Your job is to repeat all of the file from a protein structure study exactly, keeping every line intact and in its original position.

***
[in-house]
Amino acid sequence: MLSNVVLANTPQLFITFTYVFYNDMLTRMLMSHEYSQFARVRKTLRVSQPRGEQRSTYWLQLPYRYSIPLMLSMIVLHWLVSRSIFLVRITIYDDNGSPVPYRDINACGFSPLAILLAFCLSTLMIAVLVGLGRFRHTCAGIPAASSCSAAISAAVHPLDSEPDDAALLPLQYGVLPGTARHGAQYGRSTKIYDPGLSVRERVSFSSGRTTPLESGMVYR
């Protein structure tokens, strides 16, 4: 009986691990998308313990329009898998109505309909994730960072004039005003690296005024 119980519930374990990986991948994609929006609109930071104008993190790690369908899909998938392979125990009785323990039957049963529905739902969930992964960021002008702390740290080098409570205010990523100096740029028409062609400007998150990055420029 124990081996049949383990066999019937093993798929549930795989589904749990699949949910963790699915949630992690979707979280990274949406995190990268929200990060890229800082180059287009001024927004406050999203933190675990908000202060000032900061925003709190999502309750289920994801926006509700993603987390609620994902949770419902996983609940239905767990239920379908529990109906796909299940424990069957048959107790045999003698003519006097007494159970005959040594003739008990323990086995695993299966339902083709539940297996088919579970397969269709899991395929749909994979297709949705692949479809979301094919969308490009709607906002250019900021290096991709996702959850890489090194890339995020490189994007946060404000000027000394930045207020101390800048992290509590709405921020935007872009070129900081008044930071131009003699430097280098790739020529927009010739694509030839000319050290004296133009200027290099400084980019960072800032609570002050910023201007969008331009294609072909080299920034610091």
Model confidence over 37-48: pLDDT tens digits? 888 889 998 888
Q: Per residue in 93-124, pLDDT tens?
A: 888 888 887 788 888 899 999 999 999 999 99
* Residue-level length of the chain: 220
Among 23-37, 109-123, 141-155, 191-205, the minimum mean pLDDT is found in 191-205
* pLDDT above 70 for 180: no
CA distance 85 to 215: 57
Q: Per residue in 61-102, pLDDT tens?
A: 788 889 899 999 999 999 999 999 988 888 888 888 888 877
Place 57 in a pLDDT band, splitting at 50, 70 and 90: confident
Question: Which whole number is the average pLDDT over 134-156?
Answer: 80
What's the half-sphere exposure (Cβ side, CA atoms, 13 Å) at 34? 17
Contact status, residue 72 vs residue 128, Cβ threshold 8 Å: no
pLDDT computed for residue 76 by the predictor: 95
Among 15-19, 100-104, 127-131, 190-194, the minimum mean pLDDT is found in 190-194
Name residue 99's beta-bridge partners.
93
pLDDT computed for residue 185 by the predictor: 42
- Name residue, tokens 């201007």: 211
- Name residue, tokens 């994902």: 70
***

[in-house]
Amino acid sequence: MLSNVVLANTPQLFITFTYVFYNDMLTRMLMSHEYSQFARVRKTLRVSQPRGEQRSTYWLQLPYRYSIPLMLSMIVLHWLVSRSIFLVRITIYDDNGSPVPYRDINACGFSPLAILLAFCLSTLMIAVLVGLGRFRHTCAGIPAASSCSAAISAAVHPLDSEPDDAALLPLQYGVLPGTARHGAQYGRSTKIYDPGLSVRERVSFSSGRTTPLESGMVYR
């Protein structure tokens, strides 16, 4: 009986691990998308313990329009898998109505309909994730960072004039005003690296005024 119980519930374990990986991948994609929006609109930071104008993190790690369908899909998938392979125990009785323990039957049963529905739902969930992964960021002008702390740290080098409570205010990523100096740029028409062609400007998150990055420029 124990081996049949383990066999019937093993798929549930795989589904749990699949949910963790699915949630992690979707979280990274949406995190990268929200990060890229800082180059287009001024927004406050999203933190675990908000202060000032900061925003709190999502309750289920994801926006509700993603987390609620994902949770419902996983609940239905767990239920379908529990109906796909299940424990069957048959107790045999003698003519006097007494159970005959040594003739008990323990086995695993299966339902083709539940297996088919579970397969269709899991395929749909994979297709949705692949479809979301094919969308490009709607906002250019900021290096991709996702959850890489090194890339995020490189994007946060404000000027000394930045207020101390800048992290509590709405921020935007872009070129900081008044930071131009003699430097280098790739020529927009010739694509030839000319050290004296133009200027290099400084980019960072800032609570002050910023201007969008331009294609072909080299920034610091």
Model confidence over 37-48: pLDDT tens digits? 888 889 998 888
Q: Per residue in 93-124, pLDDT tens?
A: 888 888 887 788 888 899 999 999 999 999 99
* Residue-level length of the chain: 220
Among 23-37, 109-123, 141-155, 191-205, the minimum mean pLDDT is found in 191-205
* pLDDT above 70 for 180: no
CA distance 85 to 215: 57
Q: Per residue in 61-102, pLDDT tens?
A: 788 889 899 999 999 999 999 999 988 888 888 888 888 877
Place 57 in a pLDDT band, splitting at 50, 70 and 90: confident
Question: Which whole number is the average pLDDT over 134-156?
Answer: 80
What's the half-sphere exposure (Cβ side, CA atoms, 13 Å) at 34? 17
Contact status, residue 72 vs residue 128, Cβ threshold 8 Å: no
pLDDT computed for residue 76 by the predictor: 95
Among 15-19, 100-104, 127-131, 190-194, the minimum mean pLDDT is found in 190-194
Name residue 99's beta-bridge partners.
93
pLDDT computed for residue 185 by the predictor: 42
- Name residue, tokens 């201007």: 211
- Name residue, tokens 């994902």: 70